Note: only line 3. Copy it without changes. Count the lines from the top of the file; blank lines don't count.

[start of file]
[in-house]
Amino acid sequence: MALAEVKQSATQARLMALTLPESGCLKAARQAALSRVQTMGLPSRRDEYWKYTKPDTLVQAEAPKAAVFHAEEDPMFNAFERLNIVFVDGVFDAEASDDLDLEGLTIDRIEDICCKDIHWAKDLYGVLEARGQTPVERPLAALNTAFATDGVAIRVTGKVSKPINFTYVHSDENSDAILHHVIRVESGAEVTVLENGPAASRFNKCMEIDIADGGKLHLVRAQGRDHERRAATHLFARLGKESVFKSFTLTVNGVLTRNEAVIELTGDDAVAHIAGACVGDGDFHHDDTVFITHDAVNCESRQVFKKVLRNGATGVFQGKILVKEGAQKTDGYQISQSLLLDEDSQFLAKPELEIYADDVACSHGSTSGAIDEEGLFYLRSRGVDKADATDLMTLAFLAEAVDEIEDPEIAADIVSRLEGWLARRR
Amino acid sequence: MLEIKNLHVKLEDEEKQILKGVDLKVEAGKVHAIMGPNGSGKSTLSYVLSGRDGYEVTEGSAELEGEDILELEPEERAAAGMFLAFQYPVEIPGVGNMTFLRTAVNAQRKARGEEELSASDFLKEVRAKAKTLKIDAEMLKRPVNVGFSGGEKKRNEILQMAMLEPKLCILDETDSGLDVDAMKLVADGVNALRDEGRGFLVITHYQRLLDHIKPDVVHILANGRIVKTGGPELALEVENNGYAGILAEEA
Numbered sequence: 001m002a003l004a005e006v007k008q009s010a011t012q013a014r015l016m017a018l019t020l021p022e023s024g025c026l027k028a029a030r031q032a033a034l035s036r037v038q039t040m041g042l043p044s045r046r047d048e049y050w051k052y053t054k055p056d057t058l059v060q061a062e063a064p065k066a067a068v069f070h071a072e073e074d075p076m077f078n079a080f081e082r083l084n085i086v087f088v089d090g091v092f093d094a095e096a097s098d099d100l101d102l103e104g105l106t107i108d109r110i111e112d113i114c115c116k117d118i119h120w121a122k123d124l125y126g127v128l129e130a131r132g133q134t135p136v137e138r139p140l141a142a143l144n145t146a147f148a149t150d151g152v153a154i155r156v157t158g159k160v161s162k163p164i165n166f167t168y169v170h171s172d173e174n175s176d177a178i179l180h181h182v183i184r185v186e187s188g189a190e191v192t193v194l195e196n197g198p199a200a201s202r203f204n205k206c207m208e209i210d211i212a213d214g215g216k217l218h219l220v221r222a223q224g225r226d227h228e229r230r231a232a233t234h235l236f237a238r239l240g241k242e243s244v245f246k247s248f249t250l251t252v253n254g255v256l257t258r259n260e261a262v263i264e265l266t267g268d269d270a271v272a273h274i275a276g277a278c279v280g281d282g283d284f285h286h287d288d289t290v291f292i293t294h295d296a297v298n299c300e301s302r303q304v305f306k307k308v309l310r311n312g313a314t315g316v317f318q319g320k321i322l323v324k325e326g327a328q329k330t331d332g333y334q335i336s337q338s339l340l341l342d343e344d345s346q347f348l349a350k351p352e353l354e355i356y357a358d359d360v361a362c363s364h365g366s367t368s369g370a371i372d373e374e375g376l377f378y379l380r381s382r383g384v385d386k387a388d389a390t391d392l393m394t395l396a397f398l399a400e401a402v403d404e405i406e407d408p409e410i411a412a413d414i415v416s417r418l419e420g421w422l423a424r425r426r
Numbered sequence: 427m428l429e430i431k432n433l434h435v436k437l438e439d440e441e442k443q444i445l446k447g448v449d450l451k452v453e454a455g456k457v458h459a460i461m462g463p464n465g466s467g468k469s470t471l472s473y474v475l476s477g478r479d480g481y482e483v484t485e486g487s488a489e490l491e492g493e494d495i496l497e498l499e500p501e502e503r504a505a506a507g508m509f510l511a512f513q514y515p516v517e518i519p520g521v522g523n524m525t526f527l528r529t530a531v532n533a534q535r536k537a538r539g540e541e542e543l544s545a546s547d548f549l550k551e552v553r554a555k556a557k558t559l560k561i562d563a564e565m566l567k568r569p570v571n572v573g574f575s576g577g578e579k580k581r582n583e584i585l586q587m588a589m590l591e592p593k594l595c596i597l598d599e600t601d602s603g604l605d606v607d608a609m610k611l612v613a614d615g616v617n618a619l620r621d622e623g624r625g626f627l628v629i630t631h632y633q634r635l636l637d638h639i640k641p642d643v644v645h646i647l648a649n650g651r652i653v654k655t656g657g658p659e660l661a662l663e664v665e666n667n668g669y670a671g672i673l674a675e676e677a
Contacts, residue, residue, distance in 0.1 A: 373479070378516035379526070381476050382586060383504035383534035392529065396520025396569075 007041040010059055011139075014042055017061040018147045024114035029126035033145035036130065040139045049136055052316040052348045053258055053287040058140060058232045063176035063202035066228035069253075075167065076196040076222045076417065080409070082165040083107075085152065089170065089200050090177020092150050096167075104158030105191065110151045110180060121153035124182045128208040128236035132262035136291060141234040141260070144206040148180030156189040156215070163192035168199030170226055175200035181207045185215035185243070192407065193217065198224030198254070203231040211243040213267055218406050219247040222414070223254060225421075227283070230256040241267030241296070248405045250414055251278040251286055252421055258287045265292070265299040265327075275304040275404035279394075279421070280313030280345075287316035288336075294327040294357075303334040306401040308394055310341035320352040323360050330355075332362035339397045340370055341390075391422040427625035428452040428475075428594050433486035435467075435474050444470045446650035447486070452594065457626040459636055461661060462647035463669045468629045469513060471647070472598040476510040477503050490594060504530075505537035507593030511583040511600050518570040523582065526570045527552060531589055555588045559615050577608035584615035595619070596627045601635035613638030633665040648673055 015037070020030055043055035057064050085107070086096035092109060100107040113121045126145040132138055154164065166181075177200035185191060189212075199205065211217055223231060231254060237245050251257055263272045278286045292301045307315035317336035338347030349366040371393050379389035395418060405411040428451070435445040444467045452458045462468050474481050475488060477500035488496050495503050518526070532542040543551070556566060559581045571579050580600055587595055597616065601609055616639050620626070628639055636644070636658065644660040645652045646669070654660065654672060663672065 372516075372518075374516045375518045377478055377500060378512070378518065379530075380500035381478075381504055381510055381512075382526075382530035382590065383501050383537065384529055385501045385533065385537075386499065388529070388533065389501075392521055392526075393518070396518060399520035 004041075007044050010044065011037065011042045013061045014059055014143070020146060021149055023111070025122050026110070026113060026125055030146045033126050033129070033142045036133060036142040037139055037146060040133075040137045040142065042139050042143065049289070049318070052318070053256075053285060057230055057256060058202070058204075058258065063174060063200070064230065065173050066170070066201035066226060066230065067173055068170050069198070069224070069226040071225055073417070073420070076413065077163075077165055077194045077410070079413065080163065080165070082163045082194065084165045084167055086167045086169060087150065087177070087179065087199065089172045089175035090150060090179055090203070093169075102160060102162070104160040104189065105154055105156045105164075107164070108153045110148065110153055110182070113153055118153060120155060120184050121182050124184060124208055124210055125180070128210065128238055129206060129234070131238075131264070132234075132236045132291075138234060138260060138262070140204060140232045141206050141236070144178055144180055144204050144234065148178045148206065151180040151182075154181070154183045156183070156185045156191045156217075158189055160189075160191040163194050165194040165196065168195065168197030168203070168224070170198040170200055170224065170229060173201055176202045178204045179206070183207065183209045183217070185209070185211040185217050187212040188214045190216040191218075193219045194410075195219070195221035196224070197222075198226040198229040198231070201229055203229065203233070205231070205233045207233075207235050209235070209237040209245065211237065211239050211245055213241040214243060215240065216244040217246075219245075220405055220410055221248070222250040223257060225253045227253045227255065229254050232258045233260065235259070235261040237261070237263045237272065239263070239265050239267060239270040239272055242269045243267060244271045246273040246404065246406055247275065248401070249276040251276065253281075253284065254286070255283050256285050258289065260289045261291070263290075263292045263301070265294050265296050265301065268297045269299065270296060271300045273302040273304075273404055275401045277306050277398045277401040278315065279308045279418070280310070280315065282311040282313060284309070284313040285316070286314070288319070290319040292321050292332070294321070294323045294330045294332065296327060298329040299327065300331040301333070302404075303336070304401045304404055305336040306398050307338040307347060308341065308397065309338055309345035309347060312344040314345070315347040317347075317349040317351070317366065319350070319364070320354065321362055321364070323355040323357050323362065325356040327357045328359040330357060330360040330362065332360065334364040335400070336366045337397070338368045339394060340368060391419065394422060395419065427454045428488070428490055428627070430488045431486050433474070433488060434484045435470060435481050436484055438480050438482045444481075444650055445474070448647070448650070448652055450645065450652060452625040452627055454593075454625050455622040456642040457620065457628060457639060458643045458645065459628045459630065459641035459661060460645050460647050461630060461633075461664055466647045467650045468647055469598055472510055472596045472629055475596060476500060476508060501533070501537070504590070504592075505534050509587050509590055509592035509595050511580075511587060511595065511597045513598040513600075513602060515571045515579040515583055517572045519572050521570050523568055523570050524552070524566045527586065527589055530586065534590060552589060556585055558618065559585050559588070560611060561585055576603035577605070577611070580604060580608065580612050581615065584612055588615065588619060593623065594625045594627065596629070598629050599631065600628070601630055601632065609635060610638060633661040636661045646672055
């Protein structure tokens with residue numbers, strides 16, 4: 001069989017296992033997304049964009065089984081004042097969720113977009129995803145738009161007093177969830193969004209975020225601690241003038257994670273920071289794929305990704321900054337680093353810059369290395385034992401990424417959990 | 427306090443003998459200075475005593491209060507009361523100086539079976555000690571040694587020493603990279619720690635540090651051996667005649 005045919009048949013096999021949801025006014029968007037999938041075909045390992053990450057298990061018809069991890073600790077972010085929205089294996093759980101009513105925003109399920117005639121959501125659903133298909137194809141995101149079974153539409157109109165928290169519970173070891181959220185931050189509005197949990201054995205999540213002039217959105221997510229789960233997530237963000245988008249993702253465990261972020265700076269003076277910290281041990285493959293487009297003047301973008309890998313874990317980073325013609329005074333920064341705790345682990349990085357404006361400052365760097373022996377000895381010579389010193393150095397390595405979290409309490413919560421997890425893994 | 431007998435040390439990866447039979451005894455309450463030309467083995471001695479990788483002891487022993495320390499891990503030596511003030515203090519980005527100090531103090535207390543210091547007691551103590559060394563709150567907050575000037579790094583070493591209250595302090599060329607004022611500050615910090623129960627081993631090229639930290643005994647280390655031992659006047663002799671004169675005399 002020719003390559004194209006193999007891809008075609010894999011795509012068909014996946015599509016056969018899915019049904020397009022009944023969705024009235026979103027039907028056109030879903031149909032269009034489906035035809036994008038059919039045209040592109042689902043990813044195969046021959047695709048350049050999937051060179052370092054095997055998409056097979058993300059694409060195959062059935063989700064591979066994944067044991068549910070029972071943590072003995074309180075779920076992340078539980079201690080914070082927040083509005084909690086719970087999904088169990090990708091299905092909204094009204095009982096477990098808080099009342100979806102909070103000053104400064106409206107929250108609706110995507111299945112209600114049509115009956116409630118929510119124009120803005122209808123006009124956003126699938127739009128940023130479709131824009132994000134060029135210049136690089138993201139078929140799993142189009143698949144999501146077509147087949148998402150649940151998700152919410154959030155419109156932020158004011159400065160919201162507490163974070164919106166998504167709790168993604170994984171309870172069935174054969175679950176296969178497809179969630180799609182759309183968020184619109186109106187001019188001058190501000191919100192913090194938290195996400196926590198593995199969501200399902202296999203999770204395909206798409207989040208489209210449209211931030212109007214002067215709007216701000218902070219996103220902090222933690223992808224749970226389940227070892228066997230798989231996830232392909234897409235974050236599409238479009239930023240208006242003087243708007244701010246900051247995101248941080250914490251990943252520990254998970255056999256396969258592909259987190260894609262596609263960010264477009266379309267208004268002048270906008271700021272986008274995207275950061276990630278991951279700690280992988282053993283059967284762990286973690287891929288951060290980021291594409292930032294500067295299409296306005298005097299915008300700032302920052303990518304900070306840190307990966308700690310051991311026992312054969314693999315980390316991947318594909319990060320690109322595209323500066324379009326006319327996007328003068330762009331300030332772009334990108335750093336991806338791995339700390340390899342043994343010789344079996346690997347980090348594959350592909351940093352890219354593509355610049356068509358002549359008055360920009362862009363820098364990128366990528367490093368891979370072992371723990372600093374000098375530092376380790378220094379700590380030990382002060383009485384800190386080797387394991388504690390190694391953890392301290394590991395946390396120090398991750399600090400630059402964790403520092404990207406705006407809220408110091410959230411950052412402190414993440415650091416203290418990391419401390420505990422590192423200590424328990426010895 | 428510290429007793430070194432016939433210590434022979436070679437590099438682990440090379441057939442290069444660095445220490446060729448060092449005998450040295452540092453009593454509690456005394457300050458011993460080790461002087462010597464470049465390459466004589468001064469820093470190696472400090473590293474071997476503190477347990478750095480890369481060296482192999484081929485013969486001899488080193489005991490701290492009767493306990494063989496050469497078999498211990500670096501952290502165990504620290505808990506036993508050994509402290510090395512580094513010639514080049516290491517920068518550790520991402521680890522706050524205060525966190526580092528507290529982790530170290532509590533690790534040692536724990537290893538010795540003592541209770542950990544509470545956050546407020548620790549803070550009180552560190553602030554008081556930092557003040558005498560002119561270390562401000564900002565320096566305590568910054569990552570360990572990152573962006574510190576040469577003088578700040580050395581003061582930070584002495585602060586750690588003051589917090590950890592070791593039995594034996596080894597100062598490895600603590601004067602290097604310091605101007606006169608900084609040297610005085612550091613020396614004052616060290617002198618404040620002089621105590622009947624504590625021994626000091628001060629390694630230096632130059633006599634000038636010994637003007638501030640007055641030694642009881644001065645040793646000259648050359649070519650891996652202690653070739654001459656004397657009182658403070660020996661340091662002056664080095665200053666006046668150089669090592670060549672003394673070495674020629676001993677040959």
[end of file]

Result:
Amino acid sequence: MLEIKNLHVKLEDEEKQILKGVDLKVEAGKVHAIMGPNGSGKSTLSYVLSGRDGYEVTEGSAELEGEDILELEPEERAAAGMFLAFQYPVEIPGVGNMTFLRTAVNAQRKARGEEELSASDFLKEVRAKAKTLKIDAEMLKRPVNVGFSGGEKKRNEILQMAMLEPKLCILDETDSGLDVDAMKLVADGVNALRDEGRGFLVITHYQRLLDHIKPDVVHILANGRIVKTGGPELALEVENNGYAGILAEEA